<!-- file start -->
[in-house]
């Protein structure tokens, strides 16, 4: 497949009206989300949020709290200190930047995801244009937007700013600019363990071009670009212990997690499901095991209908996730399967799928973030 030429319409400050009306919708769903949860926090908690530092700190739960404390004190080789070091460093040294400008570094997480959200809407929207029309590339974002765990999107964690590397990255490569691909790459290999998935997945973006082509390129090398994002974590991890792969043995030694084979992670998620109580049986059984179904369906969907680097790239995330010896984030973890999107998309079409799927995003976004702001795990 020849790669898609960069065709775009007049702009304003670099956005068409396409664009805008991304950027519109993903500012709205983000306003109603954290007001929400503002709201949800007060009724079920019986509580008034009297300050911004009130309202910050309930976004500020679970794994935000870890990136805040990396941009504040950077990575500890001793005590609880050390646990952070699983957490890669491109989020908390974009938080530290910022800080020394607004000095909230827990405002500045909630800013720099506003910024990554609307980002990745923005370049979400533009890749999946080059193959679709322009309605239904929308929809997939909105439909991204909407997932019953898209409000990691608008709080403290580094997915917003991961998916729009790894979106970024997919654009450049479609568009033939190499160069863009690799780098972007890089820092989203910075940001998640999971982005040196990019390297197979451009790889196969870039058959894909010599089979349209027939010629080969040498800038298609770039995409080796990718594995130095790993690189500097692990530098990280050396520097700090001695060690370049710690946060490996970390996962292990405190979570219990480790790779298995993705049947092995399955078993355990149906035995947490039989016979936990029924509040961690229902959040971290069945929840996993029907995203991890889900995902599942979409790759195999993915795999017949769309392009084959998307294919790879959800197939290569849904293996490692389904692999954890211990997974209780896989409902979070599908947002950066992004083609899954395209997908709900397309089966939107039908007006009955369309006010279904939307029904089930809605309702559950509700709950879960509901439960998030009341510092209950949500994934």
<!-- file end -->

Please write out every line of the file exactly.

[in-house]
């Protein structure tokens, strides 16, 4: 497949009206989300949020709290200190930047995801244009937007700013600019363990071009670009212990997690499901095991209908996730399967799928973030 030429319409400050009306919708769903949860926090908690530092700190739960404390004190080789070091460093040294400008570094997480959200809407929207029309590339974002765990999107964690590397990255490569691909790459290999998935997945973006082509390129090398994002974590991890792969043995030694084979992670998620109580049986059984179904369906969907680097790239995330010896984030973890999107998309079409799927995003976004702001795990 020849790669898609960069065709775009007049702009304003670099956005068409396409664009805008991304950027519109993903500012709205983000306003109603954290007001929400503002709201949800007060009724079920019986509580008034009297300050911004009130309202910050309930976004500020679970794994935000870890990136805040990396941009504040950077990575500890001793005590609880050390646990952070699983957490890669491109989020908390974009938080530290910022800080020394607004000095909230827990405002500045909630800013720099506003910024990554609307980002990745923005370049979400533009890749999946080059193959679709322009309605239904929308929809997939909105439909991204909407997932019953898209409000990691608008709080403290580094997915917003991961998916729009790894979106970024997919654009450049479609568009033939190499160069863009690799780098972007890089820092989203910075940001998640999971982005040196990019390297197979451009790889196969870039058959894909010599089979349209027939010629080969040498800038298609770039995409080796990718594995130095790993690189500097692990530098990280050396520097700090001695060690370049710690946060490996970390996962292990405190979570219990480790790779298995993705049947092995399955078993355990149906035995947490039989016979936990029924509040961690229902959040971290069945929840996993029907995203991890889900995902599942979409790759195999993915795999017949769309392009084959998307294919790879959800197939290569849904293996490692389904692999954890211990997974209780896989409902979070599908947002950066992004083609899954395209997908709900397309089966939107039908007006009955369309006010279904939307029904089930809605309702559950509700709950879960509901439960998030009341510092209950949500994934």